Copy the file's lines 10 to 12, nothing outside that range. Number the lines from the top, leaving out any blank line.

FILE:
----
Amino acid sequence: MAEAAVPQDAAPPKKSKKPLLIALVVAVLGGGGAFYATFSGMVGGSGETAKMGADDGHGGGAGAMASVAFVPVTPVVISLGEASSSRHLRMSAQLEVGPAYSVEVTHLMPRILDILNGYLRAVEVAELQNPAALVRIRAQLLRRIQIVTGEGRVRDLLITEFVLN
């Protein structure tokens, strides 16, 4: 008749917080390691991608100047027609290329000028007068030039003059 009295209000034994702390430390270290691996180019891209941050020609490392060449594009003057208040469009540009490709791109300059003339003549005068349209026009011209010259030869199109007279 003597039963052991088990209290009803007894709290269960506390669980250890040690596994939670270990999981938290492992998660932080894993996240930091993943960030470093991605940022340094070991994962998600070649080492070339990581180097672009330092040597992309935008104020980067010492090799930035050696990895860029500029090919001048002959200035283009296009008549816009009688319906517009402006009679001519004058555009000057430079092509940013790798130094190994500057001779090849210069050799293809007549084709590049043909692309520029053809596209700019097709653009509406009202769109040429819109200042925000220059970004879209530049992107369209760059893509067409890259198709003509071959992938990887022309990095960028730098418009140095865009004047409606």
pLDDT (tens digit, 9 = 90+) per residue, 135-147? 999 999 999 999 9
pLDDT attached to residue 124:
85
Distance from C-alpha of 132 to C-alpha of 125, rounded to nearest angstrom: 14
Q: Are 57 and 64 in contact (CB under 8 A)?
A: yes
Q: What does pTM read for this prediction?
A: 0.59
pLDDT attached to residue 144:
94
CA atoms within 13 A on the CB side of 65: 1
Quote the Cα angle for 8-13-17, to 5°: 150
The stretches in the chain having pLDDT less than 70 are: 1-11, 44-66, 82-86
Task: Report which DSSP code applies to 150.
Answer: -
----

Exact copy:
A: 0.59
pLDDT attached to residue 144:
94